A community garden created with help from Swansea University bio scientists has blossomed into a magnet for wildlife.
Three Crosses Butterfly Project saw volunteers working together last year to help reverse nature’s decline by creating a garden at the village’s community centre.
Led by associate professor Hazel Nichols, from the Faculty of Science and Engineering, the project has been hailed as a great success and the team is now looking forward to developing the area even further.
Dr Nichols said: “In terms of wildflowers, we have had cuckoo flowers, scarlet pimpernel, clover, bugles, cornflower, scabious, daffodil, bluebell, snake’s head fritillary and yarrow.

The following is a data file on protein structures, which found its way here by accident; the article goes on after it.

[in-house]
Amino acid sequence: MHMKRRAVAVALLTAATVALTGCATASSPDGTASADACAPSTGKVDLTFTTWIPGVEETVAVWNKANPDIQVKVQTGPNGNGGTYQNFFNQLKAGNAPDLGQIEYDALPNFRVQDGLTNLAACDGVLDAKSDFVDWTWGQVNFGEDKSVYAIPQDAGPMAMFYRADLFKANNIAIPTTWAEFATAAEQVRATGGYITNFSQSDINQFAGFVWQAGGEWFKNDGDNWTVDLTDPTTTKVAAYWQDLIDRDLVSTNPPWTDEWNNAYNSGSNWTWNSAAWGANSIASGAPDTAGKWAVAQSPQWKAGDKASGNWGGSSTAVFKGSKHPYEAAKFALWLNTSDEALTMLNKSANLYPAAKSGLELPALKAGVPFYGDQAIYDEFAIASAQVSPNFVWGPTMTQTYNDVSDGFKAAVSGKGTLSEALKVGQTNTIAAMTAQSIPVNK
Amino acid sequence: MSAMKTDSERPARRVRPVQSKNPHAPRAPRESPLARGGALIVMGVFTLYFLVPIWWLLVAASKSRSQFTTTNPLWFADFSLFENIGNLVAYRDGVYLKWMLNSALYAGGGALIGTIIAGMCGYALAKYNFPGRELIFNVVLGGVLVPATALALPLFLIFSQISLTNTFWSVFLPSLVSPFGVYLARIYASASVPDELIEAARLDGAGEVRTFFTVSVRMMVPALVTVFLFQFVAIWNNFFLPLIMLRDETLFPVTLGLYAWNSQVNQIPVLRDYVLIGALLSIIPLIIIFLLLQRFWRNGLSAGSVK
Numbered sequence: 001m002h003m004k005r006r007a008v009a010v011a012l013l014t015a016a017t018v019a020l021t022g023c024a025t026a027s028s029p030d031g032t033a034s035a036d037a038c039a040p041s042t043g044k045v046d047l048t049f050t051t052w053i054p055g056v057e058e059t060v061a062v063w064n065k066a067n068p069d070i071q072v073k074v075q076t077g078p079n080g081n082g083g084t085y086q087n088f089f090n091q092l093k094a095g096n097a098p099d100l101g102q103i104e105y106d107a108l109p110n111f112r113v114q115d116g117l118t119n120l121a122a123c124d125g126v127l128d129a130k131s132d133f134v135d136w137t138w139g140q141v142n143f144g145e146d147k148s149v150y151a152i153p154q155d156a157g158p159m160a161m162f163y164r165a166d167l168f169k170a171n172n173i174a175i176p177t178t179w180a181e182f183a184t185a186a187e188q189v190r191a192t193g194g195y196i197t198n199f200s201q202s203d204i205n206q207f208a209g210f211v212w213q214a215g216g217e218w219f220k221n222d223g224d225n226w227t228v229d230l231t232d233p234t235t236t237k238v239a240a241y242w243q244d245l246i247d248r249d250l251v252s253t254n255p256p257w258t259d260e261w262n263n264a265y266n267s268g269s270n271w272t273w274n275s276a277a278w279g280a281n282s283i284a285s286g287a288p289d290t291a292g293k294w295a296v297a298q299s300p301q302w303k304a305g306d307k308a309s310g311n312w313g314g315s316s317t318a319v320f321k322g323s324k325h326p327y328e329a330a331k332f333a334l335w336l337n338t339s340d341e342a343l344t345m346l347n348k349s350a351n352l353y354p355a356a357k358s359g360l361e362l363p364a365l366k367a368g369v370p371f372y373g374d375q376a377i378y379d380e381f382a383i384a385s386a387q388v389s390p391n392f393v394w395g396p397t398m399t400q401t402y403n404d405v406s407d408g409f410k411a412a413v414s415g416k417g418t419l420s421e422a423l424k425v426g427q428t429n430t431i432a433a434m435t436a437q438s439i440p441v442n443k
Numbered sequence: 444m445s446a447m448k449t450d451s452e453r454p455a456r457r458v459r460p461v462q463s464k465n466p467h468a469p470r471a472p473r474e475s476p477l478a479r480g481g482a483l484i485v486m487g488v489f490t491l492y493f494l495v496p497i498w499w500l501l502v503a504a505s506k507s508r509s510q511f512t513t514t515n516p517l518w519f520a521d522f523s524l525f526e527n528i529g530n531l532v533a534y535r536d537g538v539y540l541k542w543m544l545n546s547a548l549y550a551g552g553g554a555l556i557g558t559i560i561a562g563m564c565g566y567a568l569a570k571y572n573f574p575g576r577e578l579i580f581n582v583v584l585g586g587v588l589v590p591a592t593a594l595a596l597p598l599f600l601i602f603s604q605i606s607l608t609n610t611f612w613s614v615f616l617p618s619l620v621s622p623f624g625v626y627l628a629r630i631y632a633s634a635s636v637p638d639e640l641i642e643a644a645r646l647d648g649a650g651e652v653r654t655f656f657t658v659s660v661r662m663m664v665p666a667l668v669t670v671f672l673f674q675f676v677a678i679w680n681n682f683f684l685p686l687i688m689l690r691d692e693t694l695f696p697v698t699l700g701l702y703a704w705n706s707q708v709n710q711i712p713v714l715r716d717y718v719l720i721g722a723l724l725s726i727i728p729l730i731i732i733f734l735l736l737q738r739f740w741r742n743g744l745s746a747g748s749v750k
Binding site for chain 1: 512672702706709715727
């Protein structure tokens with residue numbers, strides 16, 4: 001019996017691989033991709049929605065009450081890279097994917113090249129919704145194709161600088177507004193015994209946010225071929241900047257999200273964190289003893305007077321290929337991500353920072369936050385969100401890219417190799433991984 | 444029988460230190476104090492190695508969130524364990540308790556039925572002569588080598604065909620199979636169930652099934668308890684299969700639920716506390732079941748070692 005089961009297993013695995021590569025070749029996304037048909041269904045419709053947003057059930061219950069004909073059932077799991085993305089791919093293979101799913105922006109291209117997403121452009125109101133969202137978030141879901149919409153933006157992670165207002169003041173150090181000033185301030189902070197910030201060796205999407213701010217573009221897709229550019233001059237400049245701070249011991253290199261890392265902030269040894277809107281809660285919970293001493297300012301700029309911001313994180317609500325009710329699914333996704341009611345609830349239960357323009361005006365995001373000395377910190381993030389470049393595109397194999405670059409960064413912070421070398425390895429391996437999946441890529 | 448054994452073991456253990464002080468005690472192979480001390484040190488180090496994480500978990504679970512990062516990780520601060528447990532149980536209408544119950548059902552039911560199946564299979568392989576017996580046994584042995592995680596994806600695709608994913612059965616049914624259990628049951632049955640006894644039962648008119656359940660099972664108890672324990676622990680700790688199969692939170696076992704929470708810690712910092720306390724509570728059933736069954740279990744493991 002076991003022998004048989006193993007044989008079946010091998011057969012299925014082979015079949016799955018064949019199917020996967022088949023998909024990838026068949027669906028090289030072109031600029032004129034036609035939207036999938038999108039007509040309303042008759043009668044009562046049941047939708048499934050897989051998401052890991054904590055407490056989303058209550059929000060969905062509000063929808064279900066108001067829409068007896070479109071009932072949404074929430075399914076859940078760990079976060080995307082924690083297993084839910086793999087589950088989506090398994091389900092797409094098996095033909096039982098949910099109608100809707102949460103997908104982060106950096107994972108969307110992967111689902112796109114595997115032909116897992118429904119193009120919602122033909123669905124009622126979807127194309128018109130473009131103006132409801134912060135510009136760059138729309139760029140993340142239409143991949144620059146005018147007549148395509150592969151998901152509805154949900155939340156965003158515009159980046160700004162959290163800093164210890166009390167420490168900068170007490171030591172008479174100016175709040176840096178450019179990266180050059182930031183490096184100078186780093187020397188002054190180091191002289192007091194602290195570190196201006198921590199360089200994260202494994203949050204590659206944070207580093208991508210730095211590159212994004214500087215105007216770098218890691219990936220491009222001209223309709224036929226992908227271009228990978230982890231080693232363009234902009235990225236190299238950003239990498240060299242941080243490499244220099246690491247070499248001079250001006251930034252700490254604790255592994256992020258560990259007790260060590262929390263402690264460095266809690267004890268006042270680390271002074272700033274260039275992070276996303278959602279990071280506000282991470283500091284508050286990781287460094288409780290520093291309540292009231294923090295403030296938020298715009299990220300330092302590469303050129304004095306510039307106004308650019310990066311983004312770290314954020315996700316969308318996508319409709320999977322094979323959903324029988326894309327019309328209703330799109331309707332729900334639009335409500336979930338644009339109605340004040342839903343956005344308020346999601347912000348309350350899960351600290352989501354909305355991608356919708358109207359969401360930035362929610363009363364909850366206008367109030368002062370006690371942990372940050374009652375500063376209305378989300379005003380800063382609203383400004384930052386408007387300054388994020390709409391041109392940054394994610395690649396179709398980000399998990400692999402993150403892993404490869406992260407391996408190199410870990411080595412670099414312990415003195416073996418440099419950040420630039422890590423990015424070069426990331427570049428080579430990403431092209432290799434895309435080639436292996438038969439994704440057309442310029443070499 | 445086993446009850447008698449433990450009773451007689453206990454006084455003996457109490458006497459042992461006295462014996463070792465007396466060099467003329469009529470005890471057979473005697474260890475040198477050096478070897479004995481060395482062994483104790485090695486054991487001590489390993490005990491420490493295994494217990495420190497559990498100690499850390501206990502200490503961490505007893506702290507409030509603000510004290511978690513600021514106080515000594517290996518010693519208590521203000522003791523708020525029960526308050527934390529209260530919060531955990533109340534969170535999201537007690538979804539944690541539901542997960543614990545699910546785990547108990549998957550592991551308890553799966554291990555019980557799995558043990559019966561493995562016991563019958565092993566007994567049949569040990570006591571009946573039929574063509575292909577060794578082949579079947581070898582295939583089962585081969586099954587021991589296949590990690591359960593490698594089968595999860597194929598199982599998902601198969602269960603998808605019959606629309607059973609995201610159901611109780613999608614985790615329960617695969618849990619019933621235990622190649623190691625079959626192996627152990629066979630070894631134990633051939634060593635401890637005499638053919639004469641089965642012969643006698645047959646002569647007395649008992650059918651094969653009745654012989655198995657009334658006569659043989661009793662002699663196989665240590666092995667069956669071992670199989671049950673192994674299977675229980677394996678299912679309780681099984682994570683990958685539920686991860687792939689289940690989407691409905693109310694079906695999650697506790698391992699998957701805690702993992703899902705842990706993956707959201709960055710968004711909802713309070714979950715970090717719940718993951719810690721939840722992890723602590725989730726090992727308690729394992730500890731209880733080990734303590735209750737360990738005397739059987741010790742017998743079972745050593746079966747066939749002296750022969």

“We are planning on adding improvements in the future. I would love to create some extra features, including a path through the meadow and some more wildlife habitats such as bird and bat boxes.”
The project began with the aim of creating a wildlife refuge and community garden on unused land in the heart of the village.